Jail biometricsJail installs facial recognition tool to prevent accidental releases
To prevent the accidental release of the wrong inmate, Madison County Jail in Alabama recently became the first prison in the United States to install 3D facial recognition technology
To prevent the accidental release of the wrong inmate, Madison County Jail in Alabama recently became the first prison in the United States to install3D facial recognition technology.
Steve Morrison, the chief deputy of Madison County Jail, said that while it may sound pretty far-fetched for a prison to release the wrong inmate, it has happened.
“We’ve actually had a couple of guys with the same name that were assigned to the same pod, and one was asleep and they called for this guy and [the other one] said, ‘yeah, that’s me.’ And they took him downstairs and let him out—he was sentenced to ten years in prison,” Morrison said. “That’s what helps you get the approval and the funding to be able to buy equipment like this. Things like that happen. … Humans make mistakes.”
With the help of National Security Resources and their biometric cameras, Morrison hopes that embarrassing accidental releases can become a problem of the past.
When prisoners enter the jail they now have their picture taken and catalogued in a database. The camera’s software breaks down an individual’s face based on 40,000 points around the eyes and the bridge of the nose with a 99.2 percent accuracy rate.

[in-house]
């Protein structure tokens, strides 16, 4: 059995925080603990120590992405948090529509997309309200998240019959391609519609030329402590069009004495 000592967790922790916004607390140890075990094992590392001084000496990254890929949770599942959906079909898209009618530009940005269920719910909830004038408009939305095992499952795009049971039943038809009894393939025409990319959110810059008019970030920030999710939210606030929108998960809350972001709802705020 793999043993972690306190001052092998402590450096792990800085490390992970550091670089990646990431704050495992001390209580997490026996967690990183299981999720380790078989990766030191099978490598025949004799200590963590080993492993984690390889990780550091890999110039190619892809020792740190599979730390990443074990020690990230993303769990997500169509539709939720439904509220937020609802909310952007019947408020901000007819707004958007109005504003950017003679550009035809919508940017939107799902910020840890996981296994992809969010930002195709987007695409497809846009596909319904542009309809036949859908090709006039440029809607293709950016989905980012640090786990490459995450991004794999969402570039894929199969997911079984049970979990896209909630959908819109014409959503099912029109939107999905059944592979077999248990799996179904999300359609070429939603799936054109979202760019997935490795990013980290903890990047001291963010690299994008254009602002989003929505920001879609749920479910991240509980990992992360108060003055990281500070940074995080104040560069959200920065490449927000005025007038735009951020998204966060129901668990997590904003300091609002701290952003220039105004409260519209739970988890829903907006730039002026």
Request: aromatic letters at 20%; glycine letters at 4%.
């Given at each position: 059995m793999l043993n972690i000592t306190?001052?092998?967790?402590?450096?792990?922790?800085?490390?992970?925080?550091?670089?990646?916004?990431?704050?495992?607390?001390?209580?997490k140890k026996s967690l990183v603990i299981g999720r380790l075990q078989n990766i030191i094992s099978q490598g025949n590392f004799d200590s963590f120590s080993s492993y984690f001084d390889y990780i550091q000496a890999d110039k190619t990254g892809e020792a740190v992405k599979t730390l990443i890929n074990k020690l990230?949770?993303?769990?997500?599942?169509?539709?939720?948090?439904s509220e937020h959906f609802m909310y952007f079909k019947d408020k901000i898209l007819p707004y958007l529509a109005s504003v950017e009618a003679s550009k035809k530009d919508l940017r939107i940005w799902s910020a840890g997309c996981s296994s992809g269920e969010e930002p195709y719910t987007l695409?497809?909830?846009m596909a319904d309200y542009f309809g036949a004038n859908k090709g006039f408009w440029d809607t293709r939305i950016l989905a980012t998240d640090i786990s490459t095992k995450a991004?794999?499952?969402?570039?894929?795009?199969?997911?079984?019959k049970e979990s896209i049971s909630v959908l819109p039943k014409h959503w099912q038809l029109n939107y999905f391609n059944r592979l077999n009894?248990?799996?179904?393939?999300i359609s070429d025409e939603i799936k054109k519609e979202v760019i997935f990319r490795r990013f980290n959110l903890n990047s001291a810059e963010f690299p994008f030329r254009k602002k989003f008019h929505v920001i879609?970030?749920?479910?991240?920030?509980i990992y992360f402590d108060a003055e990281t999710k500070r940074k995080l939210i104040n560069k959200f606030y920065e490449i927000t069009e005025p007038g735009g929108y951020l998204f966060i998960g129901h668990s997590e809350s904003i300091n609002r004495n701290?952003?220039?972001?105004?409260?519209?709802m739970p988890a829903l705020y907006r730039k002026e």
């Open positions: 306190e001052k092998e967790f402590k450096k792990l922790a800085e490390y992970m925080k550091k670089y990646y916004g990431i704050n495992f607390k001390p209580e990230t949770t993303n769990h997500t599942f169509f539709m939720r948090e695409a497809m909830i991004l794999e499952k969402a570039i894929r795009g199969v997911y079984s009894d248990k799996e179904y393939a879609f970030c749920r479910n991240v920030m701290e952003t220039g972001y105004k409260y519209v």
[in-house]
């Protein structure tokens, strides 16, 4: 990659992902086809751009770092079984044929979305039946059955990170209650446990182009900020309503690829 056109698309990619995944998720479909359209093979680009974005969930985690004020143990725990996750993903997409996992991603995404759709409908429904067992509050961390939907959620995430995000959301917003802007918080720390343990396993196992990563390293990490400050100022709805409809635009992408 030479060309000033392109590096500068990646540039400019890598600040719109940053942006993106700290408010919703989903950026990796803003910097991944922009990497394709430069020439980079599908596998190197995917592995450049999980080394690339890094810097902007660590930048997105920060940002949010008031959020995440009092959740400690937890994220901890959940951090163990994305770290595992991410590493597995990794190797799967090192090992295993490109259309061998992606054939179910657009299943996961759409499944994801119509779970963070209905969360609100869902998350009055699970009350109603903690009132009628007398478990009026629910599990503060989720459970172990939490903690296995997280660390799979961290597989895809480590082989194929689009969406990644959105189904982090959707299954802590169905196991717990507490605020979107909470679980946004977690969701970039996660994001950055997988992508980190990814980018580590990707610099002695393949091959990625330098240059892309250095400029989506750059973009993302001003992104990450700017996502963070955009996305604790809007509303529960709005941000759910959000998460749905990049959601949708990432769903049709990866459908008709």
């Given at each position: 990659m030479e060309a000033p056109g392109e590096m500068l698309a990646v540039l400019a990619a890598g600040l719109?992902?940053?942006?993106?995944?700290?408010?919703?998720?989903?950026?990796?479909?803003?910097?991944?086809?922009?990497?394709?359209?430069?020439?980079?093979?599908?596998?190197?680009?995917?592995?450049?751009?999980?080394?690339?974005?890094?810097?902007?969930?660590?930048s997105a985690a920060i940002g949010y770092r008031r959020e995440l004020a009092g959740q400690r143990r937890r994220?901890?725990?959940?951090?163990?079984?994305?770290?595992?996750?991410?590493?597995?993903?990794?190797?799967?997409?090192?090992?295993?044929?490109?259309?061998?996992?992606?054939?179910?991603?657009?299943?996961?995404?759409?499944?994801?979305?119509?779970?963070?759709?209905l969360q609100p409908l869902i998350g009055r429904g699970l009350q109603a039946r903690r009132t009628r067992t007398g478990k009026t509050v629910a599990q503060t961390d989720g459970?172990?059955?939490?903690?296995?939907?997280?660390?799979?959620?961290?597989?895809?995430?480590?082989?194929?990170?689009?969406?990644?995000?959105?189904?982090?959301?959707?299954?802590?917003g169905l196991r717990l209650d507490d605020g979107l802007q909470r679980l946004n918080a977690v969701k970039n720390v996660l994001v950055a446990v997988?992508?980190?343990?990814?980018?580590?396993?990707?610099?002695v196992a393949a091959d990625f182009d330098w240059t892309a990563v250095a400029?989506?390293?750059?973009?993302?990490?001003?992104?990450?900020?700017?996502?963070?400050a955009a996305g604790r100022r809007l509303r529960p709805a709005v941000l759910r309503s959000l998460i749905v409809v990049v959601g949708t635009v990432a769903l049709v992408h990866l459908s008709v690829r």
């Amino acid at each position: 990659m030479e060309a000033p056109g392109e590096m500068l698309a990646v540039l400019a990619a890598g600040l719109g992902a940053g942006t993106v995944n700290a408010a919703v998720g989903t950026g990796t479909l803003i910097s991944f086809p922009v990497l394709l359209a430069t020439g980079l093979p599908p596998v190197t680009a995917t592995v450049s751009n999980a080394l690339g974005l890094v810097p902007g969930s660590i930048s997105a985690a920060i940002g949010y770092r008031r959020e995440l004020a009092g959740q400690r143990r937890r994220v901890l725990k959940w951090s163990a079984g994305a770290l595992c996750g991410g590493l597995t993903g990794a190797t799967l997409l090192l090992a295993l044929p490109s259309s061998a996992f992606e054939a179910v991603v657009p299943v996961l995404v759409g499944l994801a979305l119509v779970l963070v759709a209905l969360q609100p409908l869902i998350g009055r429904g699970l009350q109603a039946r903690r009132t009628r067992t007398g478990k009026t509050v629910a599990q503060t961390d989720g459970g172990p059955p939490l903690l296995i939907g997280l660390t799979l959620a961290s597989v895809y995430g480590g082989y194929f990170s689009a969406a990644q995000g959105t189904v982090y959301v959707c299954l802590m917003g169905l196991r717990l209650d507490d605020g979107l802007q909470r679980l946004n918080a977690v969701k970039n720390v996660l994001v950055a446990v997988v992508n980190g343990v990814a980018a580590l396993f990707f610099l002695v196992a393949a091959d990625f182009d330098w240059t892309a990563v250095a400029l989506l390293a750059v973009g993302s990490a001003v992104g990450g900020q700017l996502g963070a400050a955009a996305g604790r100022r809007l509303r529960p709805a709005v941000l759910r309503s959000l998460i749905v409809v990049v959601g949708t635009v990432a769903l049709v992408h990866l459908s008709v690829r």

For now Madison County Jail has only used the system to process inmates as they enter and exit the jail, but Morrison hopes that the system will eventually be expanded to help secure doorways and visitation rooms.
“There’s thousands of applications for this and we’re just now scratching the surface,” Morrison said. “You can set it up where you come to a secure door and it automatically grabs your face as soon as it comes into the camera’s view and opens the door for you. So if you have emergency response, instead of taking time to wait for the central control to pop the door or utilize a key, it’s almost an immediate response. Once you’re in the system it picks you up in a matter of a second—probably less than a second.”